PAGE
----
United States District Court, D. Arizona
Eric L Markovich, United States Magistrate Judge
Pending before the Court is Petitioner’s Motion for Permission to Amend and/or Supplement Habeas Petition. (Doc. 36). The motion has been fully briefed, and Respondents oppose amendment. For the reasons set forth below, the motion is denied.
Petitioner filed his Petition for Writ of Habeas Corpus on March 11, 2013. (Doc. 1). Respondents filed an Answer on August 26, 2013 (Doc. 17) and an Amended Answer on September 25, 2013 (Doc. 26). Petitioner filed his Reply to the Response on October 24, 2013. (Doc. 27). Accordingly, the habeas petition has been fully briefed since October 24, 2013.
Petitioner filed his Motion for Permission to Amend and/or Supplement on May 13, 2015 (Doc. 36), over two years since filing his original habeas petition. In his Motion to Amend/Correct, Petitioner requests permission to amend and/or supplement his habeas petition with additional grounds for relief that he contends relate back to the original petition because the amendments would be ineffective assistance of counsel claims. Petitioner does not elaborate on what the new claims would be.
LRCiv 15.1 of the Rules of Practice of the U.S. District Court for the District of Arizona requires that the party seeking leave to amend a pleading “must attach a copy of the proposed amended pleading as an exhibit to the motion, which shall indicate in what respect it differs from the pleading which it amends, by bracketing or striking through the text to be deleted and underlining the text to be added.” LRCiv 15.1(a). Additionally, the moving party must also “lodge with the Clerk of Court an original of the proposed amended pleading.” LRCiv 15.1(b). Petitioner did not provide a copy of the proposed amended pleading nor did he lodge a copy of the same as required. Rather, Petitioner asks the Court to suspend the Local Rules and waive these requirements.
A. Standard for Amendment
A petition for habeas corpus may be amended pursuant to the Federal Rules of Civil Procedure. 28 U.S.C. § 2242; see also Rule 12, Rules Governing § 2254 Cases, 28 U.S.C. foll. § 2254 (providing that the Federal Rules of Civil Procedure may be applied to habeas petitions to the extent they are not inconsistent with the habeas rules). The Court looks to Rule 15 of the Federal Rules of Civil Procedure to address a party’s motion to amend a pleading in a habeas corpus action. See James v. Pliler, 269 F.3d 1124, 1126 (9th Cir. 2001).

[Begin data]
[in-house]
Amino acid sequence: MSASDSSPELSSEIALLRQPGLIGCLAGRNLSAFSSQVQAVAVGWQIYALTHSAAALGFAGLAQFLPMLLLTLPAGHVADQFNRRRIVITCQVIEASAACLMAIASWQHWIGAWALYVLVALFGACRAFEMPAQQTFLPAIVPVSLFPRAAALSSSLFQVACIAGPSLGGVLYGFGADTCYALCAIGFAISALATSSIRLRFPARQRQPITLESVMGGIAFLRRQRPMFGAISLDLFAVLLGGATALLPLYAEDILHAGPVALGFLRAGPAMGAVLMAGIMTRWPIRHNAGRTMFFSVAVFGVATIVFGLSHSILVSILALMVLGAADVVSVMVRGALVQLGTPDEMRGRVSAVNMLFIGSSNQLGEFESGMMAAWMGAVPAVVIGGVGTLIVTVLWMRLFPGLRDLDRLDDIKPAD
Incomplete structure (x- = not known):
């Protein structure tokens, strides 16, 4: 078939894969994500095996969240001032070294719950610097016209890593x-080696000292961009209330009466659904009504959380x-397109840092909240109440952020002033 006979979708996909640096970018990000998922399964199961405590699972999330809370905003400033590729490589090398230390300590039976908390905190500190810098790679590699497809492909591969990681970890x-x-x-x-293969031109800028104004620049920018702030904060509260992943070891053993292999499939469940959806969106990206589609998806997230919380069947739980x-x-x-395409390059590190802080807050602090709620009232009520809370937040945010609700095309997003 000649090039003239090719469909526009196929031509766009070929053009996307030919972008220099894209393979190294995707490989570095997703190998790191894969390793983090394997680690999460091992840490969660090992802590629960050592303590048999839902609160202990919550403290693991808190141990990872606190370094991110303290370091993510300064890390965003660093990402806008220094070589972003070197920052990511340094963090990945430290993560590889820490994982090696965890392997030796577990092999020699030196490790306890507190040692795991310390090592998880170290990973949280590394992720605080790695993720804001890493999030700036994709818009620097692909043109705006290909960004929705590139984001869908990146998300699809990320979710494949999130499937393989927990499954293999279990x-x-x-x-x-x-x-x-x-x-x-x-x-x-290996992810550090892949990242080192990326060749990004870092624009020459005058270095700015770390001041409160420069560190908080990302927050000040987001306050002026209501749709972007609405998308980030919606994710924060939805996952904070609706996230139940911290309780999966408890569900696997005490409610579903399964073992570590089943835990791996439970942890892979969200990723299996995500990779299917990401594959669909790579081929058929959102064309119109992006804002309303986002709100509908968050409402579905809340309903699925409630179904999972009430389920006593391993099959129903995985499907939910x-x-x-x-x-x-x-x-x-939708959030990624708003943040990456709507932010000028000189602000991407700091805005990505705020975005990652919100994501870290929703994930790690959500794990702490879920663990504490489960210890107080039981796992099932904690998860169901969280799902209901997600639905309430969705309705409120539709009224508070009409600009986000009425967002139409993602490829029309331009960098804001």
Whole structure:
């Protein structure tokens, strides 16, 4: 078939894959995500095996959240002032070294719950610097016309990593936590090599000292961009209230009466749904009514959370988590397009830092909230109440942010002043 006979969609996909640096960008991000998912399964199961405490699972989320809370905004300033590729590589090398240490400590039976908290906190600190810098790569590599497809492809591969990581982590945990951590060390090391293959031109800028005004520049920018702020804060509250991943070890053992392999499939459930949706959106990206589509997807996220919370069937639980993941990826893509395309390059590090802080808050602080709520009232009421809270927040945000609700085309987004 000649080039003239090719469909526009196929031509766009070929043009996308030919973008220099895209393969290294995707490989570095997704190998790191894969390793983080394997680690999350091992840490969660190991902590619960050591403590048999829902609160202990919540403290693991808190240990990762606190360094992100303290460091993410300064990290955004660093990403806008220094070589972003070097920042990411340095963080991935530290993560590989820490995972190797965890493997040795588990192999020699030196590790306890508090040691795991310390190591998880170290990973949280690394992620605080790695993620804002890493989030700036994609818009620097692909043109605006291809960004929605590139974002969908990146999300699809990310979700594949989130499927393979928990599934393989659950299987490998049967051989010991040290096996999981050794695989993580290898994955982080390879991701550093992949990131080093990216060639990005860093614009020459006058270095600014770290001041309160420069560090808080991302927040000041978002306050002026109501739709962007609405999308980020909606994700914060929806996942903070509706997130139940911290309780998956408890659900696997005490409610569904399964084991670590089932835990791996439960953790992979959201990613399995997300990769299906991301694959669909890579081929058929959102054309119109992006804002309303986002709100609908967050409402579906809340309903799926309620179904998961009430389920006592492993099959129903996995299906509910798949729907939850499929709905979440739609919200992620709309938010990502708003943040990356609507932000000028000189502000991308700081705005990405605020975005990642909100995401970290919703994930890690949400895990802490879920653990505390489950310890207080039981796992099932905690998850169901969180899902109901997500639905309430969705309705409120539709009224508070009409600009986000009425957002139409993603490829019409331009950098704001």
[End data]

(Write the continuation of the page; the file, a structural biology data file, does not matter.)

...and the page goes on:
Under Rule 15(a), leave to amend shall be freely given “when justice so requires.” Fed.R.Civ.P. 15(a). Courts must review motions to amend in light of the strong policy permitting amendment. Gabrielson v. Montgomery Ward & Co., 785 F.2d 762, 765 (9th Cir. 1986). Factors that may justify denying a motion to amend are undue delay, bad faith or dilatory motive, futility of amendment, undue prejudice to the opposing party, and whether the petitioner has previously amended. Foman v. Davis, 371 U.S. 178, 182 (1962); Bonin v. Calderon, 59 F.3d 815, 845 (9th Cir. 1995).
Leave to amend may be denied based upon futility alone. See Bonin, 59 F.3d at 845. To assess futility, a court necessarily evaluates whether relief may be available on the merits of the proposed claim. See Caswell v. Calderon, 363 F.3d 832, 837-39 (9th Cir. 2004) (conducting a two-part futility analysis reviewing both exhaustion of state court remedies and the merits of the proposed claim). If the proposed claims are untimely, unexhausted, or otherwise fail as a matter of law, amendment should be denied as futile.
The Antiterrorism and Effective Death Penalty Act (AEDPA) imposes a one-year statute of limitations for the filing of federal habeas corpus petitions. 28 U.S.C. § 2244(d); see Pliler v. Ford, 542 U.S. 225, 230 (2004). Respondents contend that any amended claims would be untimely unless they related back to claims in the original petition; however, because Petitioner does not specify what his additional claims would be, it is impossible to tell whether the new claims would relate back or not. Respondents further note that new claims may only relate back to properly exhausted claims, and contend that some of the claims in the original petition are not properly exhausted. Petitioner argues that his new claims would relate back to his original habeas petition, and alternatively argues that equitable tolling should apply because either extraordinary circumstances prevented him from pursuing his claims sooner, or because he is actually innocent.
B. Equitable tolling
The one-year limitations period established by § 2244(d)(1) may be equitably tolled in appropriate circumstances. Holland v. Florida, 560 U.S. 631 (2010). However, application of the equitable tolling doctrine is the exception rather than the norm. See, e.g., Waldron-Ramsey v. Pacholke, 556 F.3d 1008, 1011 (9th Cir. 2009) (characterizing the Ninth Circuit’s “application of the doctrine” as “sparing” and a “rarity”); Miles v. Prunty, 187 F.3d 1104, 1107 (9th Cir. 1999) (“equitable tolling is unavailable in most cases”). “Indeed, the threshold necessary to trigger equitable ...